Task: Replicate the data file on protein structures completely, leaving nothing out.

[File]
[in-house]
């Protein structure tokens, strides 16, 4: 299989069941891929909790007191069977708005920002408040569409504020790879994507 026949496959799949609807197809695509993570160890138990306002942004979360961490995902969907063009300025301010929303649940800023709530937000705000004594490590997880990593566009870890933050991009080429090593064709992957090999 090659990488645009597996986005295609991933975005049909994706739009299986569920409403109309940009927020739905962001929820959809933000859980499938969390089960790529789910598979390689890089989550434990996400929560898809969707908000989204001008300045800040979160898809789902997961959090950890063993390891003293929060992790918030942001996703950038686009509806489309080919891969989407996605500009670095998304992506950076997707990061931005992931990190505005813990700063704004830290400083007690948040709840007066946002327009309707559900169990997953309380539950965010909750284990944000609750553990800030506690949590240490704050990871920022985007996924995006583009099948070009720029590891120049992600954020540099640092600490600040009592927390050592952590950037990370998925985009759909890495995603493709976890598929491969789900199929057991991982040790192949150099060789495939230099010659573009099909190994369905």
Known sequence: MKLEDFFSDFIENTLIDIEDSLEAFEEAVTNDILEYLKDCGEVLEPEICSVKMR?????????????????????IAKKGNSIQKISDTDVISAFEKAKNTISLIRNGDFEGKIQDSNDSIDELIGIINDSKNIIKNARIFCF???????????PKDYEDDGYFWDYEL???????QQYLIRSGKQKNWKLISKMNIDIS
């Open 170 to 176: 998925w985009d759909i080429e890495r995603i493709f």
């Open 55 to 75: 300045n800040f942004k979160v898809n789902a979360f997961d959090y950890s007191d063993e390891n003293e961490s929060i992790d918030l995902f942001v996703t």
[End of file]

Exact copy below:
[in-house]
């Protein structure tokens, strides 16, 4: 299989069941891929909790007191069977708005920002408040569409504020790879994507 026949496959799949609807197809695509993570160890138990306002942004979360961490995902969907063009300025301010929303649940800023709530937000705000004594490590997880990593566009870890933050991009080429090593064709992957090999 090659990488645009597996986005295609991933975005049909994706739009299986569920409403109309940009927020739905962001929820959809933000859980499938969390089960790529789910598979390689890089989550434990996400929560898809969707908000989204001008300045800040979160898809789902997961959090950890063993390891003293929060992790918030942001996703950038686009509806489309080919891969989407996605500009670095998304992506950076997707990061931005992931990190505005813990700063704004830290400083007690948040709840007066946002327009309707559900169990997953309380539950965010909750284990944000609750553990800030506690949590240490704050990871920022985007996924995006583009099948070009720029590891120049992600954020540099640092600490600040009592927390050592952590950037990370998925985009759909890495995603493709976890598929491969789900199929057991991982040790192949150099060789495939230099010659573009099909190994369905």
Known sequence: MKLEDFFSDFIENTLIDIEDSLEAFEEAVTNDILEYLKDCGEVLEPEICSVKMR?????????????????????IAKKGNSIQKISDTDVISAFEKAKNTISLIRNGDFEGKIQDSNDSIDELIGIINDSKNIIKNARIFCF???????????PKDYEDDGYFWDYEL???????QQYLIRSGKQKNWKLISKMNIDIS
């Open 170 to 176: 998925w985009d759909i080429e890495r995603i493709f």
């Open 55 to 75: 300045n800040f942004k979160v898809n789902a979360f997961d959090y950890s007191d063993e390891n003293e961490s929060i992790d918030l995902f942001v996703t």